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Wednesday, 1 October 1902

Mr BATCHELOR (South Australia) - It is just the distribution of this expenditure which is causing all the trouble. I desire to draw attention to the curious method in which these salaries are arranged. There is a Chief Clerk provided for at £500 a year. It will be admitted that the office of a chief clerk is not a technical one, requiring a highly qualified officer. Then when we come to deal with the Chief Draughtsman who will have the preparation of the plans of all the important buildings constructed for the Commonwealth, involving an expenditure of many hundreds of thousands of pounds, and in some cases of scores of thousands of pounds for a particular building, we find that an officer is expected to do that work at £300 a year. Then we are to have Superintendents of Works at a salary not exceeding £600 a year.

Sir William Lyne - I admit the anomaly in the case of the Chief Draughtsman, but I am not prepared to recommend an increase this year.

Mr BATCHELOR - The anomaly appears to me to be a remarkable one. I put it to the Minister that these Superintendents of Works are merely clerks of works.

Sir William Lyne - No ; they will all be professional men, though they may act as clerks of works.

Mr BATCHELOR - As a matter of fact they will have to look after the construction and erection of buildings in the various States, and it seems to me that, if we are going to pay them £600 a year, we will have superior men who will not act as clerks of works, and we shall have to pay other persons to do that work.

Mr Watson - Are not these officers all to be clerks of works ?

Mr BATCHELOR - Does the honorable member desire that we should have officers who shall be architects, engineers, and superintendents rolled into one. We have one great architect for the Commonwealth receiving the magnificent salary of £300 a year ; and, as a man who is paid such a salary as that will have to work very hard for it, there will be no necessity for other architects. These officers will not be architects, but clerks of works.

Sir William Lyne - No; they will nearly all be architects.

Mr BATCHELOR - Do we require an architect in each State.

Sir William Lyne - We do in the larger States. I hope to make a combination inthe case of two, if not three, of the smaller States.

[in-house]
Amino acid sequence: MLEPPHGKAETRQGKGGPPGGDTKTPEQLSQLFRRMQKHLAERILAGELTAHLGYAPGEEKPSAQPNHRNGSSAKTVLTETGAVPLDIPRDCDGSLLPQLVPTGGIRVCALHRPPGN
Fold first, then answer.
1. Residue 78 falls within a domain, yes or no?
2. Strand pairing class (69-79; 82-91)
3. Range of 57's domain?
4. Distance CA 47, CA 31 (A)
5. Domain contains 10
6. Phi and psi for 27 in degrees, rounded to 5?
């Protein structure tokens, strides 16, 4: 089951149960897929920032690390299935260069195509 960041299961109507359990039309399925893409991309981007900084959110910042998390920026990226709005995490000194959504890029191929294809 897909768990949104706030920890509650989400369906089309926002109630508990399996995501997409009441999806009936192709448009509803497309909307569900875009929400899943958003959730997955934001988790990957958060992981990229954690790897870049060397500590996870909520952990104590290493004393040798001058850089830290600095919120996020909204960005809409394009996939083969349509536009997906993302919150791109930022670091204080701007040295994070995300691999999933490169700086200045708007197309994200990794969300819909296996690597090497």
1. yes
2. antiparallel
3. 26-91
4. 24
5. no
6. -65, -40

Mr BATCHELOR - I desire that the public works staff should be organized on something like an intelligent scale. It is certainly not an intelligent scale to have a Chief Draughtsman at £300, and a Chief Clerk at £500 a year, and subordinate architects getting twice the salary paid to the chief. I understand from the Minister that the reason why South Australia is not to have a Superintendent of Works-

Sir William Lyne - I do not know whether she is or not. I think the officer will not be a full superintendent. The officer employed will probably do the work of the Federal Government and of the State Government as well. The honorable member will see that there are four down at £600 a year. I hope to save enough on the vote to pay for more than four officers.

Mr BATCHELOR - There will be half the salary paid to some officers who will be largely employed by the State Governments?

Sir William Lyne - Yes.

Mr BATCHELOR - Am I to understand that that proposal came from the Premier of South Australia ?

Sir William Lyne - Yes, and from Mr. Bird,the Treasurer of Tasmania.

Mr BATCHELOR - I should like to ask the honorable gentleman whether in proposing that arrangement the Premier of South Australia was aware that this would be " new " expenditure, and that he would save nothing from the revenue of his State by the arrangement ? Was it pointed out that while South Australia indulged in a policy of self-abnegation it would have to contribute to the salary of the Superintendents without having the benefit of their services ? If not it might be as well thatit should be pointed out, and then this anxiety for economy for other States might not be so apparent.

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